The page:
Breathing Data

HPHR Fellow Ellen Considine

By Ellen Considine

Climate Change, Air Quality, and Health: Part 1/3

This trio of posts was inspired by the Health Effects Institute conference sessions on April 6th and April 20th, 2021. 



Intro to climate change + air quality + health

There are many ways that climate change is expected to impact human health. Air quality is an important piece of this puzzle due to the links between climate change and air pollution, air pollution and health, and emissions of greenhouse gases (GHGs) with emissions of criteria air pollutants


How might climate change lead to more air pollution affecting health? First, warmer temperatures in many parts of the world are expected to produce more ground-level ozone and certain kinds of particulate matter; the latter is due to increased wildfires and/or airborne dust, given drier land conditions. Second, some research has suggested that there will be more atmospheric stagnation events with the potential to trap air pollution down closer to where we breathe. Third, warmer and/or more humid climates are likely to increase people’s air conditioning use, triggering more electricity demand and power plant emissions (when fossil fuels are being used to generate electricity). 


In addition to increasing air pollution, climate change might also worsen the health impacts of air pollution due to increased heat and pollen. Under climate change scenarios, both average and extreme temperatures are expected to rise. Also, issues with pollen may be exacerbated by increased and more rapid plant growth, increased pollen production by plants, increased allergenic proteins contained in pollen, longer plant seasons, and the aforementioned atmospheric stagnation events. These changes are especially concerning in combination with one another. A 2020 review found substantial evidence of a synergistic (adverse) health effect between air pollution and heat, and some evidence for synergistic effects between (i) air pollution, pollen, and heat and (ii) air pollution and pollen. Scientists are actively exploring other potential interactions between environmental and social factors exacerbated by climate change.

CO2 versus criteria air pollutants

At this point, you’ve probably heard a lot about GHGs, and some about criteria air pollutants (described in my first blog). But how are reductions of these different emissions from human activities related? While traditional air pollution controls (such as those mandated by the US Clean Air Act for power plants and vehicles) have been quite effective in reducing criteria air pollutants, they have not regulated GHGs such as carbon dioxide (CO2), which is the primary driver of climate change. In fact, there are no analogous “end-of-pipe” technologies for limiting CO2, and many traditional air pollution controls can actually end up increasing CO2 emissions by lowering the efficiency of power plants through a heat rate penalty. By contrast, reducing CO2 emissions simultaneously limits emissions of criteria air pollutants. I’ll go into more detail on this in my next blog, exploring decarbonization strategies from the air quality + health perspective.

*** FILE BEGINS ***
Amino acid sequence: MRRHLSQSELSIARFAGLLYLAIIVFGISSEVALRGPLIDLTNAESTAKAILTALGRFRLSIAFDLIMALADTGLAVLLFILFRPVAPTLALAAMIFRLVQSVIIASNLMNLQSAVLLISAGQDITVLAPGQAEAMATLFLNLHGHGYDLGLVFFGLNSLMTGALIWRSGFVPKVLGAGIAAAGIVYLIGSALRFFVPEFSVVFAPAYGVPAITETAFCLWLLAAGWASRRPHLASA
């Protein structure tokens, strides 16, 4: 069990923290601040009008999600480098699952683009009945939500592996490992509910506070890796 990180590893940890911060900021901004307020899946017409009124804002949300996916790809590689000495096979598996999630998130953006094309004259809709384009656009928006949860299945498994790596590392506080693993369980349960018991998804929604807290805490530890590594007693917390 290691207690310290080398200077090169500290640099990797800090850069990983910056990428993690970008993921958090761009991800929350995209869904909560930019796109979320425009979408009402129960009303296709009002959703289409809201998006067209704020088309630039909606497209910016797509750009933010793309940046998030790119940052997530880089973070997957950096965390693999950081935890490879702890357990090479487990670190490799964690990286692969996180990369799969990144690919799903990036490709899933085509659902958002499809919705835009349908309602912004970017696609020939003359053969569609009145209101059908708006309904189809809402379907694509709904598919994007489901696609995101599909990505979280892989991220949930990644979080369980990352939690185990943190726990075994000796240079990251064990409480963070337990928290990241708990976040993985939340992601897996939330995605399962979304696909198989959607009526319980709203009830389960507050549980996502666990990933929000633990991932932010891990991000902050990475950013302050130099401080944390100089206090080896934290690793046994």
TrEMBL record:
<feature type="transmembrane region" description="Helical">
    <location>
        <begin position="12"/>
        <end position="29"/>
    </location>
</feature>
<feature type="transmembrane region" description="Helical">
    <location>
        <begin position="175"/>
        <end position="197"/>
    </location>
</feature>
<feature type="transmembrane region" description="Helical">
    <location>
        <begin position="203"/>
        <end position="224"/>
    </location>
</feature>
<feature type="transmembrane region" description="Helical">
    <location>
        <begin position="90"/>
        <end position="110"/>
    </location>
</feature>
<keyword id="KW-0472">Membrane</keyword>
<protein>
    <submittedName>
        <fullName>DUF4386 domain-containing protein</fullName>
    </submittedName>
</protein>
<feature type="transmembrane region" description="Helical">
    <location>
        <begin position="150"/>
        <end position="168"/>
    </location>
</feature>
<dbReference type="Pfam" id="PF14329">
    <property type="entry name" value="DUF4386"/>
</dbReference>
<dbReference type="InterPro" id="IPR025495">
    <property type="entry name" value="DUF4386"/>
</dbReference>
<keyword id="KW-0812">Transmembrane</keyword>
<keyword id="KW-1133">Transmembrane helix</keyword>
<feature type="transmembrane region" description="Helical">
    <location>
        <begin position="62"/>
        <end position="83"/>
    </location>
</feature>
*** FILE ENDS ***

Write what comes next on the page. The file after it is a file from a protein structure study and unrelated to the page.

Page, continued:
Global perspective on mortality attributable to fossil fuel combustion via PM2.5 generation

To what extent does burning fossil fuels contribute to ambient air pollution and the global health burden? A study published in June found that 1.05 million deaths in 2017 (95% confidence interval = 0.74–1.36 million deaths) were attributable to fossil fuel combustion, which generates 27.3% of the world’s PM2.5 burden (coal = 14.1%, liquid oil and natural gas = 13.2%). The figure below (from the same paper) shows the global distribution of deaths from ambient PM2.5, the fractions of PM2.5 emissions attributable to different sectors and fuel types, and the fractions of deaths from different diseases associated with long-term ambient PM2.5 exposure. 

McDuffie et al., 2021, Figure 2: Absolute ambient PM2.5 burden and fractional sector, fuel, and disease contributions for the global average and top nine countries [those with the largest number of attributable deaths associated with long-term ambient PM2.5].


This study also found that although global emissions from coal have been decreasing in recent years, coal still contributes the most (compared to other combustible fuels) to the PM2.5 disease burden in 20 countries. Solid biofuels, used primarily for residential heating and cooking, contribute the most to PM2.5 disease burden in 78 countries. In addition to the estimated 1.05 million deaths from fossil fuels, 0.77 million deaths (95% CI = 0.54–0.99 million deaths) in 2017 were attributable to solid biofuel combustion. 


In general, the authors observed that countries with the greatest PM2.5 disease burden had the largest relative contributions to air pollution from anthropogenic sources. For example, China and India, which between them are home to 35% of the world’s people, experience about 60% of the total global deaths attributable to ambient PM2.5, and their emissions from fuel combustion contribute to about 30% of this burden.


These results contribute to mounting scientific evidence of the potential “co-benefits” for health if fossil fuel emissions were reduced or even eliminated, meanwhile hinting at challenges associated with regulating air emissions, which I will discuss more in the third part of this trio of blogs. 



Recommended: Explore source specific emissions and attributable mortality data visualizations accompanying the paper by McDuffie et al. (2021)


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